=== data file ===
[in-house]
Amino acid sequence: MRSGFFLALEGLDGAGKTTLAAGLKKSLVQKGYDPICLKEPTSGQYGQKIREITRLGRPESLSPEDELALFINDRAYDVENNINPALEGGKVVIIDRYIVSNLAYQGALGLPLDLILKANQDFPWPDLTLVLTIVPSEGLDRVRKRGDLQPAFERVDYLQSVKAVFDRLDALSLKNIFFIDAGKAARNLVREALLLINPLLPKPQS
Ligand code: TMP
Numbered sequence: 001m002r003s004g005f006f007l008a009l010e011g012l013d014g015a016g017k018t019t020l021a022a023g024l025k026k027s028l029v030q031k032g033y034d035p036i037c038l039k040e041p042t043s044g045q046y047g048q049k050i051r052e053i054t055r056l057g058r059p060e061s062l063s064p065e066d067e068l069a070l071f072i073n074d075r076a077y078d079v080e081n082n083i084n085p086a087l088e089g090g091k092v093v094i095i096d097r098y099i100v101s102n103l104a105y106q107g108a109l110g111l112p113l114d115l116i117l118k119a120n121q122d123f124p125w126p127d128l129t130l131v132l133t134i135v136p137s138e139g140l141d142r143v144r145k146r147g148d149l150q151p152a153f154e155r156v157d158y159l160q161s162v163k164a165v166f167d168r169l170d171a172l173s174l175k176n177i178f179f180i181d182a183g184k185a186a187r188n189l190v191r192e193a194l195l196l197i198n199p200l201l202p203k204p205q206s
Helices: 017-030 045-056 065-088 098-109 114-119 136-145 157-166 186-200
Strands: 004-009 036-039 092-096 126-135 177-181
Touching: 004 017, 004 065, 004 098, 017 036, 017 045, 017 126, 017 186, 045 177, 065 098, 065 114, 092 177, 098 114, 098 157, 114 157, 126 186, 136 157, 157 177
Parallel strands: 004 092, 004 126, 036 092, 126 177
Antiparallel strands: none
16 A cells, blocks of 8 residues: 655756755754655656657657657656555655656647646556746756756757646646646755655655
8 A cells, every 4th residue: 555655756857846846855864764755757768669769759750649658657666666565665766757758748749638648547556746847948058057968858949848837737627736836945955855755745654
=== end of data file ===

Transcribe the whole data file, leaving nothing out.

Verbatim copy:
[in-house]
Amino acid sequence: MRSGFFLALEGLDGAGKTTLAAGLKKSLVQKGYDPICLKEPTSGQYGQKIREITRLGRPESLSPEDELALFINDRAYDVENNINPALEGGKVVIIDRYIVSNLAYQGALGLPLDLILKANQDFPWPDLTLVLTIVPSEGLDRVRKRGDLQPAFERVDYLQSVKAVFDRLDALSLKNIFFIDAGKAARNLVREALLLINPLLPKPQS
Ligand code: TMP
Numbered sequence: 001m002r003s004g005f006f007l008a009l010e011g012l013d014g015a016g017k018t019t020l021a022a023g024l025k026k027s028l029v030q031k032g033y034d035p036i037c038l039k040e041p042t043s044g045q046y047g048q049k050i051r052e053i054t055r056l057g058r059p060e061s062l063s064p065e066d067e068l069a070l071f072i073n074d075r076a077y078d079v080e081n082n083i084n085p086a087l088e089g090g091k092v093v094i095i096d097r098y099i100v101s102n103l104a105y106q107g108a109l110g111l112p113l114d115l116i117l118k119a120n121q122d123f124p125w126p127d128l129t130l131v132l133t134i135v136p137s138e139g140l141d142r143v144r145k146r147g148d149l150q151p152a153f154e155r156v157d158y159l160q161s162v163k164a165v166f167d168r169l170d171a172l173s174l175k176n177i178f179f180i181d182a183g184k185a186a187r188n189l190v191r192e193a194l195l196l197i198n199p200l201l202p203k204p205q206s
Helices: 017-030 045-056 065-088 098-109 114-119 136-145 157-166 186-200
Strands: 004-009 036-039 092-096 126-135 177-181
Touching: 004 017, 004 065, 004 098, 017 036, 017 045, 017 126, 017 186, 045 177, 065 098, 065 114, 092 177, 098 114, 098 157, 114 157, 126 186, 136 157, 157 177
Parallel strands: 004 092, 004 126, 036 092, 126 177
Antiparallel strands: none
16 A cells, blocks of 8 residues: 655756755754655656657657657656555655656647646556746756756757646646646755655655
8 A cells, every 4th residue: 555655756857846846855864764755757768669769759750649658657666666565665766757758748749638648547556746847948058057968858949848837737627736836945955855755745654